Supply-side constraints were also more broadly evident in Europe: forward-looking data indicates that supply bottlenecks are likely to start weighing on growth. The Eurozone’s Composite PMI fell to 54.3 in October 2021. While this is still in expansionary territory, it is the slowest expansion in business activity in six months. This is largely attributable to supply-side bottlenecks, including in the energy sector, and fears regarding the resurgence of COVID-19 due to new variants.

The European Central Bank (ECB) notes that inflation has hit a 13-year high, at 4.1% in October 2021, largely due to aforesaid supply bottlenecks and rising energy costs. It has not indicated any significant change to its policy stance. Bank President, Christine Lagarde, reiterated at its latest monetary policy meeting that the current inflationary pressure is regarded as transitory, and that the bank is in no hurry to tighten policy.

The FTSE 100 posted a more modest gain than its Eurozone peers, ending the month 2.2% higher in local currency terms. Higher oil prices continue to be a boon to United Kingdom (UK) stocks. Greater stability in Chinese markets also helped the recovery of some of the UK large-cap stocks, which have notable exposure to China. In addition, the third-quarter earnings season got off to a strong start, with financials performing particularly well. Domestically focused stocks suffered as a result, particularly consumer-facing sectors, such as housebuilders. UK retailers also struggled, as rising COVID-19 infections sparked fears of new restrictions. Supply-side shortages, partly due to soaring energy costs and shortages in raw materials, staff and certain skills, are likely to drive inflation higher.

“Analysts suggest that the UK’s GDP growth rate will be far slower for the third-quarter than the second, with estimates at 1.5% (versus 5.5% in Q2).”

October saw a recovery in Chinese equities, with the MSCI China and MSCI China A Onshore closing 3.2% and 2.2 % higher respectively. The People’s Bank of China (PBOC) in an attempt to boost flagging growth, gave the market a CNY100 billion injection, capping off the biggest injection in nearly two years. One of the reasons for the rebound in Chinese equities is that the beleaguered property sector shows signs of settling down. Evergrande reportedly made the required coupon repayment ahead of its deadline, thereby avoiding default for the second time in as many weeks. Contagion concerns linger with S&P noting that nearly a third of Chinese developers face some refinancing pressure in 2022.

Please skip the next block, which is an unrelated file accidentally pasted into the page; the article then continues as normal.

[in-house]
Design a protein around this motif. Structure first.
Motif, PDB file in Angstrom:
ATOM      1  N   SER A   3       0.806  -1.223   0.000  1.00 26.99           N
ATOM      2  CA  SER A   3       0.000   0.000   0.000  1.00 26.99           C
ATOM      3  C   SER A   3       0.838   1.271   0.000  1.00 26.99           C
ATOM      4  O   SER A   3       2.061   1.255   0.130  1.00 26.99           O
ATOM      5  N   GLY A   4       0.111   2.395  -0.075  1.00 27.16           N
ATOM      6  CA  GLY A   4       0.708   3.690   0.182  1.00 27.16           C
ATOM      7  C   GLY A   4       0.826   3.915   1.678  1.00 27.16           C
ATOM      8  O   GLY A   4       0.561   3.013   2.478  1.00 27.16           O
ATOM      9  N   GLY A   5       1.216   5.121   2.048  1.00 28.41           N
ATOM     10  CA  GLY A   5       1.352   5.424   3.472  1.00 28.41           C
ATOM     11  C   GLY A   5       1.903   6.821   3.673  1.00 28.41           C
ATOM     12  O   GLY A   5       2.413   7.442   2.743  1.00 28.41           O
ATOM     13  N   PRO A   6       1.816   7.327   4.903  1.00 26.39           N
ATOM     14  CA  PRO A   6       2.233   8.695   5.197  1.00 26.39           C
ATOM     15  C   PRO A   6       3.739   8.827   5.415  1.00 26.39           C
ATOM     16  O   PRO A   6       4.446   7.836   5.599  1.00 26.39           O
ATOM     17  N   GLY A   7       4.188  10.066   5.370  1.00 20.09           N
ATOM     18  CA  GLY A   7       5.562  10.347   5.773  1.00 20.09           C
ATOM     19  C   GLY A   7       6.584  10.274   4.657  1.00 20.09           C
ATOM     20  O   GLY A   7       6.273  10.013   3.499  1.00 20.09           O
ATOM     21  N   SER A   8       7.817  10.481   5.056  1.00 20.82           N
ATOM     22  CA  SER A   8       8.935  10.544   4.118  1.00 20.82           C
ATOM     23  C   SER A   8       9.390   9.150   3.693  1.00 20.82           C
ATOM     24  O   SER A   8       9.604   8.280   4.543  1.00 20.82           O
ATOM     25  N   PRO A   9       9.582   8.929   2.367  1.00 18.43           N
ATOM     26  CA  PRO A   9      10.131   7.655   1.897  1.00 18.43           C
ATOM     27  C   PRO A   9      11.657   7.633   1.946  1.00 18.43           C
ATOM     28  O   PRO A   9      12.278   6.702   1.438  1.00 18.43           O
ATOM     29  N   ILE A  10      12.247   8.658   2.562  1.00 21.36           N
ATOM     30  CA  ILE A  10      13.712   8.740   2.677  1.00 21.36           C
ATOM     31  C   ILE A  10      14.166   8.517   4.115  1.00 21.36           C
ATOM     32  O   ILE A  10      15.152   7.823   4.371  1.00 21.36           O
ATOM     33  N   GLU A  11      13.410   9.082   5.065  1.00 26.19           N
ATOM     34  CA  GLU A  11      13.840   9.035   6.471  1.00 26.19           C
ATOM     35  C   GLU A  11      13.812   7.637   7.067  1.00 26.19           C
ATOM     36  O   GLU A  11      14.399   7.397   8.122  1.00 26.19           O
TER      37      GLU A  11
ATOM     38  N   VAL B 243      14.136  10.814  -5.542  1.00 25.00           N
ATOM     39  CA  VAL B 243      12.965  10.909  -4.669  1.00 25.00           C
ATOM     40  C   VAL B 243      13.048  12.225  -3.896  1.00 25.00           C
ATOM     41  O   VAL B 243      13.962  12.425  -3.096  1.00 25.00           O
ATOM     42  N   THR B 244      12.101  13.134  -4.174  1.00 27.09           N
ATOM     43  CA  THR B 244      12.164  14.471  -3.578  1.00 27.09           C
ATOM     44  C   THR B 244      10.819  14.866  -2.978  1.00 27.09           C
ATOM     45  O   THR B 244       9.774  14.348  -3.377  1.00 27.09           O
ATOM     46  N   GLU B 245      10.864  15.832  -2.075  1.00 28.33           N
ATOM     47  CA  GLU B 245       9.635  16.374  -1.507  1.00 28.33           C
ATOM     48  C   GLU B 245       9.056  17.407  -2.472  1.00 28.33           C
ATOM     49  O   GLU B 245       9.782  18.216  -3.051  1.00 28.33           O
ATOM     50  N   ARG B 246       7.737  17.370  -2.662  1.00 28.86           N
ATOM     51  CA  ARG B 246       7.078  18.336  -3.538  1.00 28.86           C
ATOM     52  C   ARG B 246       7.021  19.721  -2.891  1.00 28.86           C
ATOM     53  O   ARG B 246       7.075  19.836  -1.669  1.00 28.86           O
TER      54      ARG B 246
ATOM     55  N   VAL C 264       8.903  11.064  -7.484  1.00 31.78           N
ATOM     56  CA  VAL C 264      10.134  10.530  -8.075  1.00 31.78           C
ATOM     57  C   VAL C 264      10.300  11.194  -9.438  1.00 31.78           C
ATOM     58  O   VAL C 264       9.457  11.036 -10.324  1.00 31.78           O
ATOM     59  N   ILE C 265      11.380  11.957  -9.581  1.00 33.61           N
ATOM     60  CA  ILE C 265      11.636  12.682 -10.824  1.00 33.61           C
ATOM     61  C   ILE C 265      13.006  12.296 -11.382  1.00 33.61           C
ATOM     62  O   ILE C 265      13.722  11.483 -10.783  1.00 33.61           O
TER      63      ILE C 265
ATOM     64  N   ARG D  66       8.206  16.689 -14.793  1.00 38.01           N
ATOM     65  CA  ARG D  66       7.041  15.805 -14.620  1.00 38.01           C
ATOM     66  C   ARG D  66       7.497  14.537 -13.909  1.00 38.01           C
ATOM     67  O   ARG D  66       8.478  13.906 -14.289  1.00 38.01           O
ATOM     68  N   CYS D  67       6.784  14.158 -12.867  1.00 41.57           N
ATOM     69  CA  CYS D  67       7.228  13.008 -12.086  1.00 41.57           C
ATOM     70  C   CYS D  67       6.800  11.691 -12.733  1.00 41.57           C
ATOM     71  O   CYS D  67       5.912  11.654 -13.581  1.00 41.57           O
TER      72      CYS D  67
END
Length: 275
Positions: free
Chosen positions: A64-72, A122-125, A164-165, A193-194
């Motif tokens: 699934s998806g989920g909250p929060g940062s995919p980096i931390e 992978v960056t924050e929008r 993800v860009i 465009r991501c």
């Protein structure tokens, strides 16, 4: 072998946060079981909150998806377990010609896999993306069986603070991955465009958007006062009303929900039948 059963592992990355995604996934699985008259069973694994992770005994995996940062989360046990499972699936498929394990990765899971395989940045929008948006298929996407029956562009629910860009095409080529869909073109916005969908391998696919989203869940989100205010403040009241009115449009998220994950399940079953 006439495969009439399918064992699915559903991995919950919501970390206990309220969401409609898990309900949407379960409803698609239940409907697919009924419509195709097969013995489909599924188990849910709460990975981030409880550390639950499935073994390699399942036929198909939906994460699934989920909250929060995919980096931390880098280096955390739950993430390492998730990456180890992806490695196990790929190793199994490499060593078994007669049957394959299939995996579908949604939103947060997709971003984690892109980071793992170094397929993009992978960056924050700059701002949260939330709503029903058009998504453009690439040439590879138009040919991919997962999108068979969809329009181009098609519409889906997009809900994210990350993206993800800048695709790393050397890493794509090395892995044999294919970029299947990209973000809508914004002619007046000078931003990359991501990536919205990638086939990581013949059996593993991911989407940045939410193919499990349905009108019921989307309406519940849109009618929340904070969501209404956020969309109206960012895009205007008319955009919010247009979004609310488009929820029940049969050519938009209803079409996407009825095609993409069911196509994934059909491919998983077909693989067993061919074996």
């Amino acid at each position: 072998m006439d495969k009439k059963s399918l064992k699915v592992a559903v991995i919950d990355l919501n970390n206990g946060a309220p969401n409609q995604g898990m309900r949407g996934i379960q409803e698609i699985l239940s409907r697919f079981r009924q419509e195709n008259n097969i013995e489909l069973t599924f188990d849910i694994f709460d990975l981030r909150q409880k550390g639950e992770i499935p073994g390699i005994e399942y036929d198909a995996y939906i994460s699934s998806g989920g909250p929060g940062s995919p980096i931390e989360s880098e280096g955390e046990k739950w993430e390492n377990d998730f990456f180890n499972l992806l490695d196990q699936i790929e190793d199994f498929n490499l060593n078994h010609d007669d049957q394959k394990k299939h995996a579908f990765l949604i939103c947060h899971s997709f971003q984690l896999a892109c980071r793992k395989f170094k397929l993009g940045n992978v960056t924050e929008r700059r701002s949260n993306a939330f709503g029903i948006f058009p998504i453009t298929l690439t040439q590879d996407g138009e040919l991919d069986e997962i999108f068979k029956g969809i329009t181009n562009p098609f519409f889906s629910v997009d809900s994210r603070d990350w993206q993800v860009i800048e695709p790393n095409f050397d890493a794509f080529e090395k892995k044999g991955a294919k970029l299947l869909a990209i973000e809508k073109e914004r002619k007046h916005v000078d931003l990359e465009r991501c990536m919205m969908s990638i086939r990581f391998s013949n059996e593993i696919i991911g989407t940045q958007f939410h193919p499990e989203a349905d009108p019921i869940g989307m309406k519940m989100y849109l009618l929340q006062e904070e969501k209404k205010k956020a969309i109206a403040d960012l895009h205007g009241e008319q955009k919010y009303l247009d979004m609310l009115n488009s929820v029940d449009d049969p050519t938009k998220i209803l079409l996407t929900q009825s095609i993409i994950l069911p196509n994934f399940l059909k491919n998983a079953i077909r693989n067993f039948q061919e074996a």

China’s GDP growth rate slowed down in the third-quarter, dipping by 3% from the second quarter to reach 4.9% year-on-year. Economic data from the powerhouse has been mixed: While retail sales have grown by 4.4% year-on-year, they remain below pre-pandemic levels. The Caixin China General Composite PMI inched higher 0.1 points to 51.5, confirming an economy in expansionary territory. Exports rose by 28.1% in October, largely fuelled by demand from Southeast Asia and Developed Markets.

“The Chinese government set a goal of 6% annual growth at the beginning of 2021. It is achievable, but unlikely given that it is currently hampered by supply chain bottlenecks, new COVID-19 outbreaks and dire power shortages.”

Flooding across China’s key coal-producing provinces, resurgent demand for Chinese goods and conflicting Chinese Communist Party energy policies took their toll. In addition, artificial market distortions, including power rationing and price controls, have contributed to the energy shortage. Power rationing is in place for more than a dozen Chinese provinces and some provinces have ordered factories to halt production for several days a week.

Aside from oil, commodity markets were broadly stronger. Industrial metals delivered a solid performance due to the easing of COVID-19 restrictions and the resultant pent-up demand. Copper and Platinum prices rose by 9.7 and 5.7% respectively. Precious metals also ticked upward, with Gold achieving a 1.5% return. Oil, however, remains the slickest operator: Prices have surged by 61.6 % for the year-to-date.

South African Market Themes

South Africans headed to the polls to cast their ballots in the local government elections on 1 November. Analysts predicted that voter turnout would be poor, as the general populace became more disillusioned with the political process. It was also predicted that there would be more hung councils, where no outright winner could be declared and where coalitions would need to be formed. Both the predictions were borne out.

The South African Rand had a tough month and weakened even further at month-end to close at R15.30 to the USD. A combination of factors weighed on the local currency, ranging from purely domestic issues to global market sentiment. On the domestic front, stage four load-shedding, implemented at short notice by Eskom, is likely to have weighed on investor sentiment, as did uncertainty ahead of the 1 November election. On the international front, the Fed’s warning regarding the normalisation of interest rates sent global bond yields higher, dimming the lustre of riskier assets such as the Rand. Over the course of the month, the rand depreciated by 1.4%.